CALGARY, A.B. – The proponents of what could be B.C.’s first LNG export terminal are one step closer to getting the project off the ground.
The National Energy Board has approved a 40-year export license for Woodfibre LNG, which has proposed an LNG export facility that would be built on the former site of a pulp mill near Squamish.
The license grants the company the right to export up to 3.34 billion cubic metres of natural gas per year.
The project was previously granted a 25-year export license back in 2013, however regulatory changes two years ago extended the maximum term to 40 years, prompting the company to re-apply.
In its decision, the board rejected a submission from project critics including the group My Sea to Sky which argued that granting the permit could lead to a shortage of gas for Canadian consumers over the long term.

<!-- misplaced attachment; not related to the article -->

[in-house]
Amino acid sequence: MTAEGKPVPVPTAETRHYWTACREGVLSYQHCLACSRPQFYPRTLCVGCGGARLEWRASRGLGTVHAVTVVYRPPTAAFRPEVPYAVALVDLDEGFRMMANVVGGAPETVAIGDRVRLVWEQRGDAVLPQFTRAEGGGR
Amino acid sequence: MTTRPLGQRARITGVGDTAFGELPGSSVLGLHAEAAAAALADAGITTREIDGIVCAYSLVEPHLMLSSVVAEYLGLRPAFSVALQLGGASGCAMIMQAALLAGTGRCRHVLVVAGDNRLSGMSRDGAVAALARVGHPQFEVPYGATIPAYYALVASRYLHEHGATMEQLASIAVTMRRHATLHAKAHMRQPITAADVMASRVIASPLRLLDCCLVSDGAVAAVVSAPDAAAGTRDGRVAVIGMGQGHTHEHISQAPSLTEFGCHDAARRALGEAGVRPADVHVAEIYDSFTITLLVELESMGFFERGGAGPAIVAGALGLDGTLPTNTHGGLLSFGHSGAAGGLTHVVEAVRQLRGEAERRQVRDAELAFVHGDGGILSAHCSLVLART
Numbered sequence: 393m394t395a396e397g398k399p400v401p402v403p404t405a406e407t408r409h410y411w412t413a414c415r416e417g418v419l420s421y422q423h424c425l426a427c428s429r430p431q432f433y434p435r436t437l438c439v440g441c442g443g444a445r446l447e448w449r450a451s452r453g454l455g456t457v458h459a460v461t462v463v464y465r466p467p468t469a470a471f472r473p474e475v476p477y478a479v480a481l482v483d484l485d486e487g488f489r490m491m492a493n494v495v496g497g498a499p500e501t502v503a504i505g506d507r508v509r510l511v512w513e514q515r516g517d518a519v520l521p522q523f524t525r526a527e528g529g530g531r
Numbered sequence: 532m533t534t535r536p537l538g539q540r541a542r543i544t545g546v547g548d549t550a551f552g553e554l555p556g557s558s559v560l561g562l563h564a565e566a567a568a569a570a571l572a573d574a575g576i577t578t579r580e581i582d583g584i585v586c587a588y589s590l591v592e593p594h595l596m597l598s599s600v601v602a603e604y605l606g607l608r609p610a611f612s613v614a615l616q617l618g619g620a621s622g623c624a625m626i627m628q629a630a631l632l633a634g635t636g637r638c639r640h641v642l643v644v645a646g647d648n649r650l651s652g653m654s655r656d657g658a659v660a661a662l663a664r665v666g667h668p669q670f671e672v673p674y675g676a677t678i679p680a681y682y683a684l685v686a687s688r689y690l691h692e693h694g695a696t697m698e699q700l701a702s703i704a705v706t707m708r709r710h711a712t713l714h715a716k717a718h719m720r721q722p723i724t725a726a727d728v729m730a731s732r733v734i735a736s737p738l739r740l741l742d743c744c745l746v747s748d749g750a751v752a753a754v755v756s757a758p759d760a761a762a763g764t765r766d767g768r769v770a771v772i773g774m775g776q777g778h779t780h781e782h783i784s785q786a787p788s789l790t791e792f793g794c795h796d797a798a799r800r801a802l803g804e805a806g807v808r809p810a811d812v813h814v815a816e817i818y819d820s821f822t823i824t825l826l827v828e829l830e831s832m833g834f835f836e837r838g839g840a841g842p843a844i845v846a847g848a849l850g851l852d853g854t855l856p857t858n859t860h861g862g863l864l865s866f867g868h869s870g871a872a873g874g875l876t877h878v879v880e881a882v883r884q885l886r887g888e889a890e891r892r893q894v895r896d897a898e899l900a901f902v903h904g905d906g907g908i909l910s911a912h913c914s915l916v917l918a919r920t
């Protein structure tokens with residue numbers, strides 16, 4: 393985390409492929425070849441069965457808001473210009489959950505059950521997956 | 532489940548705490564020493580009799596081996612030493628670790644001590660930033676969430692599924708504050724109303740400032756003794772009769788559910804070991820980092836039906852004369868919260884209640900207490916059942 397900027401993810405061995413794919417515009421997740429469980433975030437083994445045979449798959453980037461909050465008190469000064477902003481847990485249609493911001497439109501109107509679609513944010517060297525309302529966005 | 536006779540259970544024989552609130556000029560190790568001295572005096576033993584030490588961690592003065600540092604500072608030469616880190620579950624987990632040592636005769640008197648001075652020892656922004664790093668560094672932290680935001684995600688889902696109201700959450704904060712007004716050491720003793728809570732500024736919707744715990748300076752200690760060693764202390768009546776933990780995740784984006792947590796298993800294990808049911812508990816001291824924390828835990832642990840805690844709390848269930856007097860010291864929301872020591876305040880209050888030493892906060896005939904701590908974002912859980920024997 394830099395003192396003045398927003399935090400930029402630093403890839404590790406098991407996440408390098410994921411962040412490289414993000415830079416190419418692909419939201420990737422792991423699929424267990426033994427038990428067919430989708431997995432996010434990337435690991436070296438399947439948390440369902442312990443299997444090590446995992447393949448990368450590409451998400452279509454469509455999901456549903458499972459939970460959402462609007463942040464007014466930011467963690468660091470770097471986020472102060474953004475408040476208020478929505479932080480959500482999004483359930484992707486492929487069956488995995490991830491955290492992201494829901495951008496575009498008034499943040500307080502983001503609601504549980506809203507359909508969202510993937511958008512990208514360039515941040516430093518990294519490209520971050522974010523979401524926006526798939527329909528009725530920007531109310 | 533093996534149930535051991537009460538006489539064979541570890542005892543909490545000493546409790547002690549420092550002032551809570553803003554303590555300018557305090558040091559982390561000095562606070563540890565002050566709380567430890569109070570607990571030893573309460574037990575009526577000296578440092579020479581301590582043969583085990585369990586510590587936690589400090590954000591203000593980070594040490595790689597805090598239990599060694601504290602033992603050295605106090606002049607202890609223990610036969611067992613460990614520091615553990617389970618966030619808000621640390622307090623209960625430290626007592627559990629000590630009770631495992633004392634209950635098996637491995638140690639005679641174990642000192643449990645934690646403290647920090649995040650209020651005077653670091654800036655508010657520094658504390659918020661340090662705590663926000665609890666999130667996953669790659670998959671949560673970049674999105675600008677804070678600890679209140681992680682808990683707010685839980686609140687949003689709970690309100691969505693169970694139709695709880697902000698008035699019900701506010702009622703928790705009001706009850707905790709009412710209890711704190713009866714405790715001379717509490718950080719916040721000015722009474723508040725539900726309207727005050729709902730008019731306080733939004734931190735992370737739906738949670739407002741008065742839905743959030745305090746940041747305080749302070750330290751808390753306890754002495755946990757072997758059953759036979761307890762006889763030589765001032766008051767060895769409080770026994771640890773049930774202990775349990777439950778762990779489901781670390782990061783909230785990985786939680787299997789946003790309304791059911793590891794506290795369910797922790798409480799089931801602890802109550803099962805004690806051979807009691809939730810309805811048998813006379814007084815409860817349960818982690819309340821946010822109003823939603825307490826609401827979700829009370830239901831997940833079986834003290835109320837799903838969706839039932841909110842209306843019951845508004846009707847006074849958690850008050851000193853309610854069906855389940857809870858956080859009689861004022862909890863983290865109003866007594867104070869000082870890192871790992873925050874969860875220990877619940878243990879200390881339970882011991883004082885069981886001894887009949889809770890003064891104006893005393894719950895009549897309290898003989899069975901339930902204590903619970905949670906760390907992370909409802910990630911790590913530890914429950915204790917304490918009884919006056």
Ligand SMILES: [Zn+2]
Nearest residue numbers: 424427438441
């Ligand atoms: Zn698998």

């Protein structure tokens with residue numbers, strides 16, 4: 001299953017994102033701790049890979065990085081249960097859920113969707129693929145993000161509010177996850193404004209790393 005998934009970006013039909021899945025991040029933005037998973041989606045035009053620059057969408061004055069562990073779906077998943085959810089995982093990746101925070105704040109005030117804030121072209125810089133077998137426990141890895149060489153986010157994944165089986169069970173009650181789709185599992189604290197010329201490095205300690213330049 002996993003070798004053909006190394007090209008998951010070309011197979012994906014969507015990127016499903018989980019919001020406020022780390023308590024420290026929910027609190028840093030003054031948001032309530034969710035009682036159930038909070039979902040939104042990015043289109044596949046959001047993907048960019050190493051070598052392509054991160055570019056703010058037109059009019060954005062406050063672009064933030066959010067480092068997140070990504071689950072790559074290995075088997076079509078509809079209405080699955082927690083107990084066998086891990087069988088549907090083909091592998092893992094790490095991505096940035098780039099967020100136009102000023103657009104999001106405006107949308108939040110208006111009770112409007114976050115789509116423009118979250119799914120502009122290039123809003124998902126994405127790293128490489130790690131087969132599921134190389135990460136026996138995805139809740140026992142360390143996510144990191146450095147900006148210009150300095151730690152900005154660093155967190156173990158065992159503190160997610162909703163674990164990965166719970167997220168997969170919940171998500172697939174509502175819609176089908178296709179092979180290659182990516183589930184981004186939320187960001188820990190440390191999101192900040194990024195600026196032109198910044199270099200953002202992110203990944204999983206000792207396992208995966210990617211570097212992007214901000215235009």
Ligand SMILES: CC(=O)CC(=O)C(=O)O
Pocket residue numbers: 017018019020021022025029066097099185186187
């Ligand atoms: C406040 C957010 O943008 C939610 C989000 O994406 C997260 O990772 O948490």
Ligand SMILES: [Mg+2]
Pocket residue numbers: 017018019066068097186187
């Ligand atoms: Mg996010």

“The Board is satisfied that the gas resource base in Canada, as well as North America, is large and can accommodate reasonably foreseeable Canadian demand as well as the Applicant’s proposed LNG exports.”
The export license must still be given approval by Government in Council.
The Woodfibre project was granted federal approval in March of 2016, and got the final green light from investors in November.
The Squamish First Nation also granted conditional approval for the project in June 2016, contingent on 25 conditions.